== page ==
The moves towards ever-greater media consolidation in the US took further lurches during the year although the largest AT&T $85 billion bid for Time Warner looks as if it will head for the regulatory buffers. The $66 billion Disney-Murdoch deal looks much more likely to succeed.

The trend should get an additional push from the new Trump tax law, which slashes corporate tax in the US and free even more acquisition money. It might tend to keep more American media companies at home although the Brexit inspired fall in the value of the pound means UK media assets remain a bargain.

In publishing the continuing trends are all too clear, and so apparently remorseless - the continuing decline in print sales which in most cases are only partially being offset by rising digital revenues.

Yet if you look carefully enough there are a few hopeful embers to warm yourself on in the bleak midwinter - often involving increased levels of co-operation, international and domestic.

The Guardian teamed up with publications like Der Spiegel, El Pais, La Stampa, Le Monde and Politiken to work together on a migration series.

In an increasingly inter-dependent world such collaborations help to make scarce resources go further and also provide greater strength in the battle against fake news in all its forms.

In a similar way Channel 4 joined an alliance of Europe’s largest broadcasters to run commercials across their video-on-demand services to take on Google and Facebook.

This was the first full year of the online-only Independent and although there are the inevitable listicles, and it’s a far cry from the original vision of Andreas Whittam Smith, after 18 months or so it is clearly not as bad as feared. You can still see some Independent-style journalism.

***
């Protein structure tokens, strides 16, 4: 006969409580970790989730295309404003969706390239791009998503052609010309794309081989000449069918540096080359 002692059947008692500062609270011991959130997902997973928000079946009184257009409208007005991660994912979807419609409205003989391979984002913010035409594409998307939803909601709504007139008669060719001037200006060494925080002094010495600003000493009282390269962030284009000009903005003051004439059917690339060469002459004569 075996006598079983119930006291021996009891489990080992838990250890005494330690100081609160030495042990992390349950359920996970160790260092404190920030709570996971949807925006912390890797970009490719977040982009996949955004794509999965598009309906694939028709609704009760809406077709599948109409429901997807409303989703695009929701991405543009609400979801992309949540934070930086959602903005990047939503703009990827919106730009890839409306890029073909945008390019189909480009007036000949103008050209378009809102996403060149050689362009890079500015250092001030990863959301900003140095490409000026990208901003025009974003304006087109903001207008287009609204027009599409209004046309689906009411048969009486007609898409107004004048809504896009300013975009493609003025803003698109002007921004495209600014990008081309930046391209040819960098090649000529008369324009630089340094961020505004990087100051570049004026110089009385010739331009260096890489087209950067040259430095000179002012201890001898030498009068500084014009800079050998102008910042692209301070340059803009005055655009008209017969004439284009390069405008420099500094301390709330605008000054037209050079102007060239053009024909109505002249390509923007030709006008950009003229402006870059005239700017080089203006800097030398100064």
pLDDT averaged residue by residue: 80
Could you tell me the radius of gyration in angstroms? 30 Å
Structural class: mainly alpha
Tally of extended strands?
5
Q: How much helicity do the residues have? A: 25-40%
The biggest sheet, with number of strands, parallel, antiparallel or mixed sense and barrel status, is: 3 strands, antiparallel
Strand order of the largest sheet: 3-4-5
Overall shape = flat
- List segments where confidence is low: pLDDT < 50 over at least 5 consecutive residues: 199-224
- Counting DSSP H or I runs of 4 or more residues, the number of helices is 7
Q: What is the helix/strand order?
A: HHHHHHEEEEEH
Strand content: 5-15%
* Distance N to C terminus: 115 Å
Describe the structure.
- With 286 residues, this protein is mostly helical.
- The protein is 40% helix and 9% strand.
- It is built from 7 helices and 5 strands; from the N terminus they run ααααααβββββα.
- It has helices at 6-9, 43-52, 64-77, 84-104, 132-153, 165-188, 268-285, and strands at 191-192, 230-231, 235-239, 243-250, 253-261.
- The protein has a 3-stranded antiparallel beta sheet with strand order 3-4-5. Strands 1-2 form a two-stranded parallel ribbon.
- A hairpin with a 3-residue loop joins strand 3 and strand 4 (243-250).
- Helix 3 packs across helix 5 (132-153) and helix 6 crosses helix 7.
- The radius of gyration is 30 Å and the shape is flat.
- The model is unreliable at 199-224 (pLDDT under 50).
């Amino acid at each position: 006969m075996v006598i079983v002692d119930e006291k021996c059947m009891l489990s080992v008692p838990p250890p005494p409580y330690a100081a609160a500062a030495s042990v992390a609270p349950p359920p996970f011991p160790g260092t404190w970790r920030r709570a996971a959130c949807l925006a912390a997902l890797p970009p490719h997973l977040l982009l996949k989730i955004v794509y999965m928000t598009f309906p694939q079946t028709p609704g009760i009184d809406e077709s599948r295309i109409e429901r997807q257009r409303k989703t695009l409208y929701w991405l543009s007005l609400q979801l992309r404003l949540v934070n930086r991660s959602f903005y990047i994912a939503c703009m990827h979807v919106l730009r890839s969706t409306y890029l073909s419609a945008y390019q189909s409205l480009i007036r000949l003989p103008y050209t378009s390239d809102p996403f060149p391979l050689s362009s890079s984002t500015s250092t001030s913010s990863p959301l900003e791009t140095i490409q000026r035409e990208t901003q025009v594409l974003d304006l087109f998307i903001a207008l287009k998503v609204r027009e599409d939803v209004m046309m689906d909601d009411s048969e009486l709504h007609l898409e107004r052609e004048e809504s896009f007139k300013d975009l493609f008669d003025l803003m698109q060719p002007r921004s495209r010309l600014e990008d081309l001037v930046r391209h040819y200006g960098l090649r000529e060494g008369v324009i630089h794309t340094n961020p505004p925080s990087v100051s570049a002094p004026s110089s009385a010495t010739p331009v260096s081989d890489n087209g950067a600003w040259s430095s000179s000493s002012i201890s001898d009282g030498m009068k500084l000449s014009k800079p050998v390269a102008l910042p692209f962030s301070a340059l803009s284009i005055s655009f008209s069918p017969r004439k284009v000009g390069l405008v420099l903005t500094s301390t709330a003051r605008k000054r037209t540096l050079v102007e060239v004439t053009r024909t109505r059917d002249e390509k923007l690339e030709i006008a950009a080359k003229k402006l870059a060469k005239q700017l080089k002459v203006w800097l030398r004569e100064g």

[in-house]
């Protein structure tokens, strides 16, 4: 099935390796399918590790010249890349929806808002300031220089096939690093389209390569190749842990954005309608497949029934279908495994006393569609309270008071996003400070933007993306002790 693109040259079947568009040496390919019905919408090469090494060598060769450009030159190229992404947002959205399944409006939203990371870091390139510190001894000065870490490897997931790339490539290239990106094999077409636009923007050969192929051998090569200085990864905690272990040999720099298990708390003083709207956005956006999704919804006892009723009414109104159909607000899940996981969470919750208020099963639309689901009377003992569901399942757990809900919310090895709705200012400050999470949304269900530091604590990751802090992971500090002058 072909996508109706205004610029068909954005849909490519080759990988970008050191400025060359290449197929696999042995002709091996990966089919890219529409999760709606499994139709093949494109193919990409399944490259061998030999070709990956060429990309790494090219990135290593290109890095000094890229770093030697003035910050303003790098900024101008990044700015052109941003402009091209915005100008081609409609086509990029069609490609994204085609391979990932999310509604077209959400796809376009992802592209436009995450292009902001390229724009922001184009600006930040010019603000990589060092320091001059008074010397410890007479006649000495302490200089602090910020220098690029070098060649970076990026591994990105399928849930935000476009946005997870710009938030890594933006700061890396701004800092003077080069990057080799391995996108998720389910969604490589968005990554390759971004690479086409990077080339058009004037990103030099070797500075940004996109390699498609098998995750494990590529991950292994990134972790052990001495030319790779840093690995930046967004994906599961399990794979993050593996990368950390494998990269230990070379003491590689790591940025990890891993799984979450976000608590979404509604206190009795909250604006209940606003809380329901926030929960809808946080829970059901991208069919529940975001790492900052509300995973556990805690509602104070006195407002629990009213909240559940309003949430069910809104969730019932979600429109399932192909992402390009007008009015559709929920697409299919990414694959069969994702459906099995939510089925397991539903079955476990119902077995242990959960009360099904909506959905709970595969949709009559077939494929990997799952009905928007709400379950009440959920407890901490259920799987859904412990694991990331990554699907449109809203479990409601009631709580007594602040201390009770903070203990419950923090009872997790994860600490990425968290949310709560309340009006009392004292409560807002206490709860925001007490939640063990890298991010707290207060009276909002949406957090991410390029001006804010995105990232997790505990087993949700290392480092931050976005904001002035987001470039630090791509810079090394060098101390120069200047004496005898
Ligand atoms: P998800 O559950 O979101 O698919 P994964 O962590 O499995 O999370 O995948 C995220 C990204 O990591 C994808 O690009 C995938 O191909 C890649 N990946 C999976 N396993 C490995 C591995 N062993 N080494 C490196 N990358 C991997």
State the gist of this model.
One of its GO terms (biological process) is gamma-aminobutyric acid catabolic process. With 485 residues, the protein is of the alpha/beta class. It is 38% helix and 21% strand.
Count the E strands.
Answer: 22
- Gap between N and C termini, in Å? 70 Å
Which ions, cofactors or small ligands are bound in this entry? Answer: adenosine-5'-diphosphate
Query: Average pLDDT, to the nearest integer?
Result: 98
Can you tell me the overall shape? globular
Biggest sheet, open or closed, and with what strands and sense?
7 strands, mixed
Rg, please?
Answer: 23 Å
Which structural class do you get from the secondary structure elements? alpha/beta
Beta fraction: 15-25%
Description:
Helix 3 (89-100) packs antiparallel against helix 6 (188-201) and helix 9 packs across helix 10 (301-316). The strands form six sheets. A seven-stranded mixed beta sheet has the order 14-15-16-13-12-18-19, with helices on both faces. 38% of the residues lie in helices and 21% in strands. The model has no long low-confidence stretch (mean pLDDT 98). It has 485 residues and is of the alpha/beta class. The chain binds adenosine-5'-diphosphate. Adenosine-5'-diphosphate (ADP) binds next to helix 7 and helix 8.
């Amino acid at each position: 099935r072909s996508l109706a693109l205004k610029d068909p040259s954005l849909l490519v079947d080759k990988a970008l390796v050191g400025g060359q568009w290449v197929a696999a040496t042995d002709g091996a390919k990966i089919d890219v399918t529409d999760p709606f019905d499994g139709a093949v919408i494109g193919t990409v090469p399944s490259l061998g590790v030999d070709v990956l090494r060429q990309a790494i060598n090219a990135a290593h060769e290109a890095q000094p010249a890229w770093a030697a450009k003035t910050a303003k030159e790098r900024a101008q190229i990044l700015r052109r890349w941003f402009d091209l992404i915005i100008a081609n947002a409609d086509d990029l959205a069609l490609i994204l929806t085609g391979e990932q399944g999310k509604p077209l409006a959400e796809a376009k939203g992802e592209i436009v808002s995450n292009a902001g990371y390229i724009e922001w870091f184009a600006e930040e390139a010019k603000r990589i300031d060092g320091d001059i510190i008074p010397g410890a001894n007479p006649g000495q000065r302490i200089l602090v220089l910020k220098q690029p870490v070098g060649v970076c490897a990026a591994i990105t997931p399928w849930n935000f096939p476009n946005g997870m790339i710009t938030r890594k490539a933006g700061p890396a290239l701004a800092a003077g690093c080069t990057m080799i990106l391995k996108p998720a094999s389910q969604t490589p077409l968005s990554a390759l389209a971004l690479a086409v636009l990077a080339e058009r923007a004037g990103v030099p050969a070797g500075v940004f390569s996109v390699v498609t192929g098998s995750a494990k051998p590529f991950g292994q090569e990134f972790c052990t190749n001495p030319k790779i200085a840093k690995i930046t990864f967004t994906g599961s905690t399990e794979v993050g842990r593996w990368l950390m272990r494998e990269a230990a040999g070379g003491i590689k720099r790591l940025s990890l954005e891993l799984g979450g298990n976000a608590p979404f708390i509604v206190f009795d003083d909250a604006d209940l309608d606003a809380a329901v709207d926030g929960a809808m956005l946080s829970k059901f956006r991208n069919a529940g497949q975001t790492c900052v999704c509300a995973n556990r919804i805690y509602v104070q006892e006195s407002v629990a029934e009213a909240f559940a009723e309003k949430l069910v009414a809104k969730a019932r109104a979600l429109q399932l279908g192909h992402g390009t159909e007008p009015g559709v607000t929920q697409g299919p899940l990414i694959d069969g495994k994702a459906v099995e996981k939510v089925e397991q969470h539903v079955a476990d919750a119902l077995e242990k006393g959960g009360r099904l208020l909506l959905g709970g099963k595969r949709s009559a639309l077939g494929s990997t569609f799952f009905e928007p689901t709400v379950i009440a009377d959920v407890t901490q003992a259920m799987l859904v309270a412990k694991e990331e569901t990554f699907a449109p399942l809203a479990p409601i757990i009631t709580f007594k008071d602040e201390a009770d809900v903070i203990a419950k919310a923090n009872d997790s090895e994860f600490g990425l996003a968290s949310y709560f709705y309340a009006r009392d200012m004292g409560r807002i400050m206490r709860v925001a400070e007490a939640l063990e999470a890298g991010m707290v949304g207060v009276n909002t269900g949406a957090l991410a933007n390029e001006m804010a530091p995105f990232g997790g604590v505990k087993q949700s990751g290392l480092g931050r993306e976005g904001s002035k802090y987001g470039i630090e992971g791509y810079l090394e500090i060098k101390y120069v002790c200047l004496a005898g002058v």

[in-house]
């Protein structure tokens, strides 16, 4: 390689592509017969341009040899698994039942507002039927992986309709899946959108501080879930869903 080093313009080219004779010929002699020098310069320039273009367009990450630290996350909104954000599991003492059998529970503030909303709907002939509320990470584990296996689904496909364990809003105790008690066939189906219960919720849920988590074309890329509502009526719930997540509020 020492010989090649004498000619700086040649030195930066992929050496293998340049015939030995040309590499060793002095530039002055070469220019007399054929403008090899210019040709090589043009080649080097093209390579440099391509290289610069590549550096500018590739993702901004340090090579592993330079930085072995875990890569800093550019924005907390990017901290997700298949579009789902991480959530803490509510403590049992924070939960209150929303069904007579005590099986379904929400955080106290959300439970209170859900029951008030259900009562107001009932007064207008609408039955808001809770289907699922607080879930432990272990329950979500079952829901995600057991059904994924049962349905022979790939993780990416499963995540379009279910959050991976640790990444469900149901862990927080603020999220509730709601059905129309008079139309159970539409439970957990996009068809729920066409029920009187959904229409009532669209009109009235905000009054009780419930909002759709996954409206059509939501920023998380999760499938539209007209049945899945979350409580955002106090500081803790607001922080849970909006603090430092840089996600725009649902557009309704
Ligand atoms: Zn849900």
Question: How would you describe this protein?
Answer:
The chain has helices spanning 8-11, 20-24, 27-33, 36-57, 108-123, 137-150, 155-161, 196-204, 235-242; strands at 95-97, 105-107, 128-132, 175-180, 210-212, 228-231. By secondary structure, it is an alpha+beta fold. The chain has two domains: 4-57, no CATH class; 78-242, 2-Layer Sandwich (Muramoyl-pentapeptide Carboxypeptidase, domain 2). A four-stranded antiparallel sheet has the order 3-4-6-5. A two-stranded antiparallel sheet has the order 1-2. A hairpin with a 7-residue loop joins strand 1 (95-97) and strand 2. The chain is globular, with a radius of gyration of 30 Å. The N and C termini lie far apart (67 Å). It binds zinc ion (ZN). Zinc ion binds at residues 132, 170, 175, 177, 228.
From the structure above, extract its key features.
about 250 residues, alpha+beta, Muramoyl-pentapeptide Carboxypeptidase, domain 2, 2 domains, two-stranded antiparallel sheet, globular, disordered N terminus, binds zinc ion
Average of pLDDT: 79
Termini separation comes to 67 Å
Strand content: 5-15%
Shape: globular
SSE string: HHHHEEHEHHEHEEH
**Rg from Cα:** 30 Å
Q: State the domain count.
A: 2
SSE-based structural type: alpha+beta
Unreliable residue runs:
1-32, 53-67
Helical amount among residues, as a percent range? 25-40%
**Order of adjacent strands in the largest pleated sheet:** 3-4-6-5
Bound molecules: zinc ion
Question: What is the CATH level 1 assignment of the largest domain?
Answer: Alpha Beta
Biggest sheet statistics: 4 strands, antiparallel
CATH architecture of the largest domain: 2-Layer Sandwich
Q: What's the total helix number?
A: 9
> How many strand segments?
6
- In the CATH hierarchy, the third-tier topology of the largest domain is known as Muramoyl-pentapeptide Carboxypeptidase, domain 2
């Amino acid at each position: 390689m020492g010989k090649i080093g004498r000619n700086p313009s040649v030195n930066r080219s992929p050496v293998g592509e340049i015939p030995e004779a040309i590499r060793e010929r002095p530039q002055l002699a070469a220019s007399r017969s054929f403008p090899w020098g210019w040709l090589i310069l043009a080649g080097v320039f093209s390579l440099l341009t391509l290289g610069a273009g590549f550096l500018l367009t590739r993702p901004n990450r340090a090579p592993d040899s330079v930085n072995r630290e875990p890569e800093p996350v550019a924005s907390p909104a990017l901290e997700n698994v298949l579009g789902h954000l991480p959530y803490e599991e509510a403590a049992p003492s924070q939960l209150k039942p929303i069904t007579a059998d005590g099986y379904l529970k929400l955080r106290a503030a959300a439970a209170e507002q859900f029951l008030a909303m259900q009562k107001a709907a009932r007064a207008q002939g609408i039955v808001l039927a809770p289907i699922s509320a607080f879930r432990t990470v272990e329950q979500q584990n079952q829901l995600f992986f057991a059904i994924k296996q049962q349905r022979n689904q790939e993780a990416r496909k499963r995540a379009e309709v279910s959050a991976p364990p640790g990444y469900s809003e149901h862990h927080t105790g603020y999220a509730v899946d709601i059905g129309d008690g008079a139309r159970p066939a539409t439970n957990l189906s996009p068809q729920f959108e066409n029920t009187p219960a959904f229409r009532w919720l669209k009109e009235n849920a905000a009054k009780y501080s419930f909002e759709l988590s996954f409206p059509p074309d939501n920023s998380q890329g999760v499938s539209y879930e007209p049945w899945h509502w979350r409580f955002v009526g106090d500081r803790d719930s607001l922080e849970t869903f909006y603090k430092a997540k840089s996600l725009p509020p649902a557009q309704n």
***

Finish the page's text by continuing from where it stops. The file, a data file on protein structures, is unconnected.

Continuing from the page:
Organisations such as the Independent Press Standards Organisation (IPSO) only usually get headlines when there is a Royal involved, or choices go wrong.

A small thing went right this year when IPSO finally persuaded its member newspapers to sign up to a low-cost arbitration scheme which opens up cases of invasion of privacy or libel to those who are not millionaires.

It involves binding arbitration, although because it is voluntary on both sides, it can only be judged by its actual performance - or lack of it. But still a small, positive step in the right direction, certainly compared with the pointless, would-be regulators who regulate hardly anybody at all.

And finally - that rare thing - a potentially positive development coming out of Sky and BT for football fans, rather than the usual rising subscription levels.

The two big players in UK sports rights recently reached agreement that from 2019 football fans will be able to watch all Premier League and Champions League games though a simple, single contract rather than having to subscribe to both Sky and BT TV.

Here, as in many things, the proof of the mince pies will come from what they subsequently charge for their new contracts.

For now at lease, in the spirit of Christmas, let’s give then the benefit of the doubt - cheers.

Raymond Snoddy will be helping to host The Year Ahead in January - our invite-only networking event for senior professionals from across the media industry, which sees panellists give their views on key media issues from the year, and their predictions for the year ahead.

Ray will be joined by Tess Alps, Torin Douglas and Lindsay Pattison. They'll share their thoughts on 2017 and a few predictions for 2018.

Details here.